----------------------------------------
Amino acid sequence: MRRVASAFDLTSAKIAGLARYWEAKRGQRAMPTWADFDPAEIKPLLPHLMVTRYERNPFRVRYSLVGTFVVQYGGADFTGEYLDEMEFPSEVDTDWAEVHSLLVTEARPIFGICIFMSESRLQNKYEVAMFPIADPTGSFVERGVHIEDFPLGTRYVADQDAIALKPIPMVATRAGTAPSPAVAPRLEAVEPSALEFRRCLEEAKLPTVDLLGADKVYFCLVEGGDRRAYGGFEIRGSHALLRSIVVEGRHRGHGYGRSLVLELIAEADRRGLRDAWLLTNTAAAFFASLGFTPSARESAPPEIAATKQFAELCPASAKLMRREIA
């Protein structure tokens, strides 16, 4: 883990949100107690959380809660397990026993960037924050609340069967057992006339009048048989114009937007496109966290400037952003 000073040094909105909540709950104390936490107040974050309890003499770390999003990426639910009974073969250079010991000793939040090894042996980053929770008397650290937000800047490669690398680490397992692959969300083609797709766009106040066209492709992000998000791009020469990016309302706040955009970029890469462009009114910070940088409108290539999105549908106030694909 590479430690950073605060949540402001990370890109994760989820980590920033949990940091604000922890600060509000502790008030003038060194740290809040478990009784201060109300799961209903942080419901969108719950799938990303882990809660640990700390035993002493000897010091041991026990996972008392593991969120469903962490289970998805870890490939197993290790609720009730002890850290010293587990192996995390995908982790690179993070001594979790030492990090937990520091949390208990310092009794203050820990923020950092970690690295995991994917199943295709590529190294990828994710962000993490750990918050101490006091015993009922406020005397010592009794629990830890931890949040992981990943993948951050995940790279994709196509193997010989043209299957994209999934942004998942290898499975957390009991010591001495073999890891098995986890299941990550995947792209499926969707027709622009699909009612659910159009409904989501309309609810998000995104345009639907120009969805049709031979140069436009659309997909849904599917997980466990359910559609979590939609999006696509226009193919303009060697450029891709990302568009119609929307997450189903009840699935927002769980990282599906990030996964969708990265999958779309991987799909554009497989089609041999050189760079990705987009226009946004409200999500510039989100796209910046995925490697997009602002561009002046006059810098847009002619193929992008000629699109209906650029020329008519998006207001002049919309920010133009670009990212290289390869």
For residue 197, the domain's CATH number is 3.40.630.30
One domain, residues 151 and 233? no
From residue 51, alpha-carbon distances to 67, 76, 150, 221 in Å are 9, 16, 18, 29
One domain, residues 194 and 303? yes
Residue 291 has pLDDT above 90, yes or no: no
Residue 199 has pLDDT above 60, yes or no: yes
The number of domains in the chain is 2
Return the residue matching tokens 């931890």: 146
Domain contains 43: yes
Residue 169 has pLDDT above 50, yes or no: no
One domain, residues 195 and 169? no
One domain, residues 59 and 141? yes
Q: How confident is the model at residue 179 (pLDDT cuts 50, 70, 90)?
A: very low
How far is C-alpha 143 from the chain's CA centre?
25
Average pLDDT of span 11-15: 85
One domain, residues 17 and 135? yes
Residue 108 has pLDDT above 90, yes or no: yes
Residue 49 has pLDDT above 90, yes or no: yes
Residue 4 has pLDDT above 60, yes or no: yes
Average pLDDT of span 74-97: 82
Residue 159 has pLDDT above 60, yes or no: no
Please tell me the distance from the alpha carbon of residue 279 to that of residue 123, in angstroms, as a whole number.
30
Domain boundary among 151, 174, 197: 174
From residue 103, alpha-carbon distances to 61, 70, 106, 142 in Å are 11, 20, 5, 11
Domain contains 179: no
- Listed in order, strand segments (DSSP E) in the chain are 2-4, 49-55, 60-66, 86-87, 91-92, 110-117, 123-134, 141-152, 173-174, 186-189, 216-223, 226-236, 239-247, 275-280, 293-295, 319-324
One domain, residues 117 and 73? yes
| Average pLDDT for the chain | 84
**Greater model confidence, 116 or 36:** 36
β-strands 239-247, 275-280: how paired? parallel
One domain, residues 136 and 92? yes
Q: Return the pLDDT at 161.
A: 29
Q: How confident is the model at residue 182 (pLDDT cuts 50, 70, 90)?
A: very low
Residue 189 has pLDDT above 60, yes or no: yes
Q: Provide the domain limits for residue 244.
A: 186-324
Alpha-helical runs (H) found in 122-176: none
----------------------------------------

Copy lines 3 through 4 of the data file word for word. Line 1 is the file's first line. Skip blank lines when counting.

For residue 197, the domain's CATH number is 3.40.630.30
One domain, residues 151 and 233? no